DES MOINES — Rick Santorum won the Iowa caucuses in January, with Mitt Romney a close second, but neither was the true winner this weekend when the delegates who actually will vote at the Republican National Convention were selected. That would be Ron Paul.
The congressman from Texas finished a distant third in the Iowa caucuses more than six months ago, but of the 28 delegates selected Friday and Saturday to head to the national convention, 23 are Paul supporters – and they are not bound to support the victor of the state’s first-in-the-nation voting contest.
It’s part of a quiet strategy by Paul and his backers to amass an army of supporters at the GOP gathering in August in Tampa, Fla., to push Paul’s views on liberty, states' rights, the monetary system and foreign policy. By working arcane electoral rules and getting supporters into positions of power in local, county and state party operations, the strategy is paying dividends across the nation.
Paul has stopped actively campaigning and has conceded that Romney will be the GOP nominee. It’s unclear whether Paul’s name will be submitted for nomination; mathematically, he does not have the numbers to derail Romney. But his supporters can have an effect on the party in other ways.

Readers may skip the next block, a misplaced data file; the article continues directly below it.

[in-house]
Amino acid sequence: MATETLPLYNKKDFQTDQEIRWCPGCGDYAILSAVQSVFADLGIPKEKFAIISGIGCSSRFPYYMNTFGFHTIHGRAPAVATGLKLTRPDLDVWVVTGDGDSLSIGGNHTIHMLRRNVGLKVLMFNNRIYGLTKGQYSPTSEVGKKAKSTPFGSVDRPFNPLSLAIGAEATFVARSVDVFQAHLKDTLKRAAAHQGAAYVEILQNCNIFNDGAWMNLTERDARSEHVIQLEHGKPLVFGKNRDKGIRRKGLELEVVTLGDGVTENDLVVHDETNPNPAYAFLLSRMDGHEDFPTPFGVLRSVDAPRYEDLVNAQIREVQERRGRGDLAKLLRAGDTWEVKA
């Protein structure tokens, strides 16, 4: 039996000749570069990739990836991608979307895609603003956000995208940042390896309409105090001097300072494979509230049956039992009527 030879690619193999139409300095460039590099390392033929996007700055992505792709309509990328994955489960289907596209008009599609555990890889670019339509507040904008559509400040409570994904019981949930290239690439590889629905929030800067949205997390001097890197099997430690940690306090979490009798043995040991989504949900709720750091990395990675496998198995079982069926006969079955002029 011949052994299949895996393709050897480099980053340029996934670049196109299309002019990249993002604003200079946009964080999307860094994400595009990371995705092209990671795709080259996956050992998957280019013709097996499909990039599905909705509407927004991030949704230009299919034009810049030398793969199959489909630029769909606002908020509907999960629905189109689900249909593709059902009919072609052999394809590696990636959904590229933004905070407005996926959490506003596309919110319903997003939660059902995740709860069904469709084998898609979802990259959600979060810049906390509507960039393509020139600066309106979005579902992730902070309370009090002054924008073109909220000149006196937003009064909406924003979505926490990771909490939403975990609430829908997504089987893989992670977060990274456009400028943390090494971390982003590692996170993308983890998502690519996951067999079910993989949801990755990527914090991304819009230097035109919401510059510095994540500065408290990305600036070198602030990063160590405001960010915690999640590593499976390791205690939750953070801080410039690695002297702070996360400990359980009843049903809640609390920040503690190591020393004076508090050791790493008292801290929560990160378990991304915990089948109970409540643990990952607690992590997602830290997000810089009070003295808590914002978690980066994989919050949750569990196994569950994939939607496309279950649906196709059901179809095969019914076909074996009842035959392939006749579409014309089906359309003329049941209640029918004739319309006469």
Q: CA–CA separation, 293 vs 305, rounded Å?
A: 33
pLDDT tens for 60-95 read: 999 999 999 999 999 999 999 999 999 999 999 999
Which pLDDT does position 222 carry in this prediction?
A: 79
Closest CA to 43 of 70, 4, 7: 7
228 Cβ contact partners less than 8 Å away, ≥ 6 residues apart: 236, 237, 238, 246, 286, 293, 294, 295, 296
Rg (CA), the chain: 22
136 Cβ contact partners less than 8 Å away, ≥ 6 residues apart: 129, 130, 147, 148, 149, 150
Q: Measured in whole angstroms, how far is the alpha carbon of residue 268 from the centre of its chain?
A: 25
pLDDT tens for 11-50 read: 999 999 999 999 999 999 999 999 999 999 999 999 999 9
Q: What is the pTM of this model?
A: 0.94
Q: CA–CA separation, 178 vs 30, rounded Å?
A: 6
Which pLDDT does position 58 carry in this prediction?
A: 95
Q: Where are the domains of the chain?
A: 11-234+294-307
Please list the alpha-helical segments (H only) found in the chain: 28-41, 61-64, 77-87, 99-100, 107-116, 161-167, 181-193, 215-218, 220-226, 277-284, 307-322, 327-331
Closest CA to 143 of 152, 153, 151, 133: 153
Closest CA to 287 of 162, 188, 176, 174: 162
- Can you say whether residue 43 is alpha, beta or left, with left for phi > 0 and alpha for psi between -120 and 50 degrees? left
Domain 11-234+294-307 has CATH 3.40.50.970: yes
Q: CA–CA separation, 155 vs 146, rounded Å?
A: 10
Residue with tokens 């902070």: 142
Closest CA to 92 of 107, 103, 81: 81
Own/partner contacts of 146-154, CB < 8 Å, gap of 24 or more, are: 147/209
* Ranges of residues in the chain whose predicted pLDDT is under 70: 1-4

“We want to have a real big voice on the platform; we want to influence the direction of the party more than anything else,” said Joel Kurtinitis, a Paul supporter who was pleased after the Saturday vote.
He was Paul’s state director in Iowa until Paul suspended his presidential bid in May, and he said that although he would love to see Paul awarded a prime speaking spot at the convention, his followers’ efforts are about more than one man.
“We’re going to hold up our values and we’re going to bring conservatism back to the mainline of the Republican Party. That’s where my hopes are at and that’s my hope for this convention more than seeing Ron Paul do X, Y and Z,” Kurtinitis said.
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